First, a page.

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in the outlook building process. as the months go on. >> if my confidence in the outlook. if that increases i will be in a position to make a ducks that we have seen in the outlook. that's really the key point. >> how about all the discussion of the costs of the qe program? what are the big ones in your mind? >> i think all of us recognize there could be unintendsed consequences in the buildup of the balance sheet on the fed. yes, i'm concerned. what are the big ones? clearly inflation has to be front and center as a concern. so the potential that a large balance sheet simply changes the value of public inflation going forward is one.
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a second one would be the losses we mitre occur if we were in the process of selling assets. there are two or three things we have to be aware of as hypotheticals but not something that is certain to happen. >> looking at the data but also from anecdotal evidence. >> my district covers the southeast united states. very diversified economy. we talked to a lot of people. generally the tone is upbeat. it's more optimistic. we're hearing more comments about intention to makin investments, for example. businesses are still cautious about who is hiring.
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we hear more optimistic, upbeat kinds of comments and so i think the tone is actually improving. >> what do you wish the federal government was doing right now when it comes to its spending levels? >> what i would like to see is simply a credible long-term plan that everyone can agree on and buy into. it doesn't have to solve the problem immediately. it is really a decade or more on the deficit and the stabilization and reduction of debt. so really it's the longer term grand bargain that i think is the most important thing. >> thank for joining us this morning. >> staoefrbg thank you. >> steve, good questions. the 7% solution that you uft said, did he mean the outlet to get to seven we got close to figuring this out.
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i feel like i tphgs a lot better. >> okay. thanks, joe. what do you think, seven or the outlook from seven? we've got to go. >> i'll talk to you after we go. i'll be back at 8:30 and give you the answer. >> thank you. that will be perfect. jocks, globe economy, g.m.'s outlook at the global economy. plus, the steel range. awe then particular design. looked so good. we'll outside to kick the tires. not actually to a look at the car. acceler-rental.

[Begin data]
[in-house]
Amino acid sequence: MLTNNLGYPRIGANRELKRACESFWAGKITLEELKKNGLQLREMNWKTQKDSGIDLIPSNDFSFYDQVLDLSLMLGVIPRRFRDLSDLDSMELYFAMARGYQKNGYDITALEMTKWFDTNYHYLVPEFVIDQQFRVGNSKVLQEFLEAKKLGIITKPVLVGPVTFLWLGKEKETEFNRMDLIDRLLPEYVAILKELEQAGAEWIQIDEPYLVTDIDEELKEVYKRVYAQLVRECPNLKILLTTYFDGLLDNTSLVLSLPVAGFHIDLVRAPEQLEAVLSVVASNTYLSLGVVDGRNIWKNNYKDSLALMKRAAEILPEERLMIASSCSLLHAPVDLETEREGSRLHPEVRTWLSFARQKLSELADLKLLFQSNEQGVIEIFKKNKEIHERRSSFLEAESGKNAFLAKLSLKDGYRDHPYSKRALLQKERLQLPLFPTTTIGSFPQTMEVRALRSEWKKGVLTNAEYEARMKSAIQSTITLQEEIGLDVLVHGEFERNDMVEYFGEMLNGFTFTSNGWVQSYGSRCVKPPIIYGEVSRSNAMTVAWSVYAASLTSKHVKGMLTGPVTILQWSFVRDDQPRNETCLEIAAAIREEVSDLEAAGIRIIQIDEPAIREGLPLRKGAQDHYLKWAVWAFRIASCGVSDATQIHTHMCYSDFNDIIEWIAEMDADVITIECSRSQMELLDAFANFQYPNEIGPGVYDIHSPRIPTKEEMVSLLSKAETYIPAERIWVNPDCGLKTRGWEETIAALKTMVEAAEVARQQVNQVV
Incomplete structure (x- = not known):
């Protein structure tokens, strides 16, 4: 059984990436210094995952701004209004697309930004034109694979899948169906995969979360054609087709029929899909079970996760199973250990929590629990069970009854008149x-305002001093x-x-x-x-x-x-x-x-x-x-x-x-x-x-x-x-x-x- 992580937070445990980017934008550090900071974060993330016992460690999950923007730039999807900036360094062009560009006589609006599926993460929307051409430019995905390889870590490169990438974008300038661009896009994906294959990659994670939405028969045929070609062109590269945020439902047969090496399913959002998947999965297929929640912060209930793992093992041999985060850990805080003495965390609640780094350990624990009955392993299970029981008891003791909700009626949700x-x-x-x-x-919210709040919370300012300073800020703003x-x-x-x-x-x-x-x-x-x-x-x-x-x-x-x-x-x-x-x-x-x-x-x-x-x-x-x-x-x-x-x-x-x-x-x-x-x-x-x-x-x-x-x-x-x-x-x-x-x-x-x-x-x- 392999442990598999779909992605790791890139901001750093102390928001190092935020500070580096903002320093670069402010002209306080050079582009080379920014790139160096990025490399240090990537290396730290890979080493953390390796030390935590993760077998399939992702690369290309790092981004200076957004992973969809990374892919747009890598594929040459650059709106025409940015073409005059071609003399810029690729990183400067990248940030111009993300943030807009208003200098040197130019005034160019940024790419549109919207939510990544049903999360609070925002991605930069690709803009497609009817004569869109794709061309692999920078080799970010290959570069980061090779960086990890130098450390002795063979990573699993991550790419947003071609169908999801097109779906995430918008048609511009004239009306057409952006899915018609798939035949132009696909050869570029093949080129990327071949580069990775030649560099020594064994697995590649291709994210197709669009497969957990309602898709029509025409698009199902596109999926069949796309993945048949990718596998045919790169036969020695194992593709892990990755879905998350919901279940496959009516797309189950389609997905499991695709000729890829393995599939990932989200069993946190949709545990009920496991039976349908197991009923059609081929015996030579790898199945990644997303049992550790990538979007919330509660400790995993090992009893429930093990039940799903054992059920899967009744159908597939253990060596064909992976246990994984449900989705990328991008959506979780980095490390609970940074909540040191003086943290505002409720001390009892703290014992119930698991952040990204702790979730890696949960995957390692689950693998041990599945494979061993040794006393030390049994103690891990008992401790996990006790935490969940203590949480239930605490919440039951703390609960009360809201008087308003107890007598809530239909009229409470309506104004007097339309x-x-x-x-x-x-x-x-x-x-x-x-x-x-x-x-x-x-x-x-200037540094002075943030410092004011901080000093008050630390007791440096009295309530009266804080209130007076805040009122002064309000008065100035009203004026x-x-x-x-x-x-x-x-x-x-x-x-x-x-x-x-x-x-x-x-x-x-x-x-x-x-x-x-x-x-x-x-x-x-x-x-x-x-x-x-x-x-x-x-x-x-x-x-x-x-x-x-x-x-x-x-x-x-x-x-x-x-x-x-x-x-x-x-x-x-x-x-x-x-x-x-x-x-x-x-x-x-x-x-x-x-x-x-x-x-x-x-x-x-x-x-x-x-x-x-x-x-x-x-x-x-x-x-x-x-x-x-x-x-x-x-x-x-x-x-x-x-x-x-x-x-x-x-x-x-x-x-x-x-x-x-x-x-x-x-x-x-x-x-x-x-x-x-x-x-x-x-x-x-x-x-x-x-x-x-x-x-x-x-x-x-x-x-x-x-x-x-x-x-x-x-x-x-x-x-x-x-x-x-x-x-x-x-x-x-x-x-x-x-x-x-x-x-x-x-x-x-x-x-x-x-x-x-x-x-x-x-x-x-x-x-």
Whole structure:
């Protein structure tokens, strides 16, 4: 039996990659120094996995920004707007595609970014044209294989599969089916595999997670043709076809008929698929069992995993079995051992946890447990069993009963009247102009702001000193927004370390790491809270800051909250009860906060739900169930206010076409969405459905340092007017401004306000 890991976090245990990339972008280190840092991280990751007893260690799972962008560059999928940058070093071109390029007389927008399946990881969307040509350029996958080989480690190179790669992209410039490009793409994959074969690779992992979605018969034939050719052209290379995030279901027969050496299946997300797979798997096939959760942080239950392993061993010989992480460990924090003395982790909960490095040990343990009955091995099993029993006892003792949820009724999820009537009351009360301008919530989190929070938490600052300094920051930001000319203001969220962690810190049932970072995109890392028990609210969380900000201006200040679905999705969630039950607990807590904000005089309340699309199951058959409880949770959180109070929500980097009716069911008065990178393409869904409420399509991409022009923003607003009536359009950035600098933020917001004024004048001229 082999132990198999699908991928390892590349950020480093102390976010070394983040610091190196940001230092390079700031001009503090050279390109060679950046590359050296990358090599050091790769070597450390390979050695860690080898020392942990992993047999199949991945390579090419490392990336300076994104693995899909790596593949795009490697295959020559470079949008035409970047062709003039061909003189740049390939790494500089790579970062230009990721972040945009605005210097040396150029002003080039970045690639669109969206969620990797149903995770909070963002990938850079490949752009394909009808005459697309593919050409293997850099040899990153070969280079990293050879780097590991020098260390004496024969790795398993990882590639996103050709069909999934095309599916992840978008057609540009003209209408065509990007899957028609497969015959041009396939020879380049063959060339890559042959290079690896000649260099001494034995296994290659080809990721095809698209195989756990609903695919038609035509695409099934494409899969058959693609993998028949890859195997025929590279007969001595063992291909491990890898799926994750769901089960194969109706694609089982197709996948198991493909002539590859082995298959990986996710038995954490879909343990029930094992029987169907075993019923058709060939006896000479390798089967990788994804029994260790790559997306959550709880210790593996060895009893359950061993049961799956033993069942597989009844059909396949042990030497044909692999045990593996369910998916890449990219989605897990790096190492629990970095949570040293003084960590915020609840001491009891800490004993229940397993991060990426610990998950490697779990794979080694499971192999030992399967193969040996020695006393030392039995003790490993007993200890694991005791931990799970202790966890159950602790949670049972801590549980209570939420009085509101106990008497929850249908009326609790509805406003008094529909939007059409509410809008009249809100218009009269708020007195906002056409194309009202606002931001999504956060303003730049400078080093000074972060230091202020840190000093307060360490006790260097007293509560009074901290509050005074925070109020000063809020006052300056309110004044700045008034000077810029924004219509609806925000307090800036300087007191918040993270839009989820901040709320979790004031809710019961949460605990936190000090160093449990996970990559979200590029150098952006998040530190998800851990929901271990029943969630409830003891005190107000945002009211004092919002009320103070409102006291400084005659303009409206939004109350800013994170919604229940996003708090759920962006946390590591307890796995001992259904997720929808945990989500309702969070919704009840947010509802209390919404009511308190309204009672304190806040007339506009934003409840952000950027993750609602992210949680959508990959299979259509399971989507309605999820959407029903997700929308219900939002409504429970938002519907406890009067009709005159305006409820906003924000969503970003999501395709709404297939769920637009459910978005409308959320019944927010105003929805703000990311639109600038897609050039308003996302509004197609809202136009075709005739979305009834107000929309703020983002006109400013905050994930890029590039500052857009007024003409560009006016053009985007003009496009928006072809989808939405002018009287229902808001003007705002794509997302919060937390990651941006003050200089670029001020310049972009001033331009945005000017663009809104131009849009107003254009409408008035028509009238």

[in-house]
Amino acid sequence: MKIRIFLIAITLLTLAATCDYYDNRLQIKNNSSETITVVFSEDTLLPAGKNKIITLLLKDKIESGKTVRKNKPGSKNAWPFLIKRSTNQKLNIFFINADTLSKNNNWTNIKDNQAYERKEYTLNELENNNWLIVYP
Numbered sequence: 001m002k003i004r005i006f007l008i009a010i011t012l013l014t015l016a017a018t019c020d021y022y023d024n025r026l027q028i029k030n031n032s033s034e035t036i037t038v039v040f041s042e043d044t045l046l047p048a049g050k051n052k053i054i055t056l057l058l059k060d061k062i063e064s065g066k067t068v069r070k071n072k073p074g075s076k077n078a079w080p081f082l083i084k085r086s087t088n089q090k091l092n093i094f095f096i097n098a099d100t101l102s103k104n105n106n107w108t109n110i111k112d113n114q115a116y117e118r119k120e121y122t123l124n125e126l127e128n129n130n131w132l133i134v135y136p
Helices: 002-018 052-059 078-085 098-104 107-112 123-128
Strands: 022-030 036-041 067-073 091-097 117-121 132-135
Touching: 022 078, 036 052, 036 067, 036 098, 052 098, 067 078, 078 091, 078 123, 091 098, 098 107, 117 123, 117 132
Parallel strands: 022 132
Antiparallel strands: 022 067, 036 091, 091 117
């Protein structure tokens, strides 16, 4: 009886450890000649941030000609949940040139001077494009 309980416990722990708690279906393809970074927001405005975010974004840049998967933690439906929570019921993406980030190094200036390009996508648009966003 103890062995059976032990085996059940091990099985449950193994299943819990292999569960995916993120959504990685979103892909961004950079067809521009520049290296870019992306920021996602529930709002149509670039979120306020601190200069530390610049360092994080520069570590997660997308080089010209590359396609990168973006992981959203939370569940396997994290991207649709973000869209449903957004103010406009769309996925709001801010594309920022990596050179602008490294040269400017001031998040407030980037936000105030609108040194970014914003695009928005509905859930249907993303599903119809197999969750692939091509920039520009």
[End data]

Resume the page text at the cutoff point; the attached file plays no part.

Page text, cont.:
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that's why southwest worked hard on the little and big things to build a better in-flight experience featuring access to wi-fi, live tv, and updated cabins. getting there just got better. we are southwest. welcome aboard. the pork industry, along with the usda, signed off on a couple of new names you could see popping up in area supermarket. it will come with new labels to
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tell you which parts of the pig the pork comes from. if you're wondering what they're talking about, here are a few names. pork chops will be replaced with porter house chops. ribeye cops and new york chops depending on the cut. pork butt which is a shoulder cut will be called a boston roast instead. you understand why they may change some of the names. no one wants to eight a pork butt. and the rechanging chicken breast is still on right now. >> did you see the guys wading in the water. >> people are eating bacon at home. >> probably not from those. >> probably not. >> all right. if you have any comments or questions about anything you hear on "squawk", he's eating ribs, any new name suggestions for pork, chicken or the rest,
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welcome backing everybody. as we count down the march jobs numbers tomorrow, a new report shows the nation's employers slashed 50,000 jobs last month, 30% increase from a year ago. joining us is the author of that report, ceo of the outplacement company challenger. when you take this is this
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reason for people to start being concerned about what's happening on the hiring front? >> well, certainly it means there's volatility out there. certain sectors are taking the hit harder than others. we know generally the economy has been improving. the job market has been improving. there's always the upside of the job creation. >> what are the sectors where you're seeing some of the cut backs? >> retail was hit hardest, just over 16,000 job cuts. that changes and gets more -- moves towards strategies, more segmentation, more internet driven. sears, blockbuster going through heavy cuts. and so far in the first corner in banking.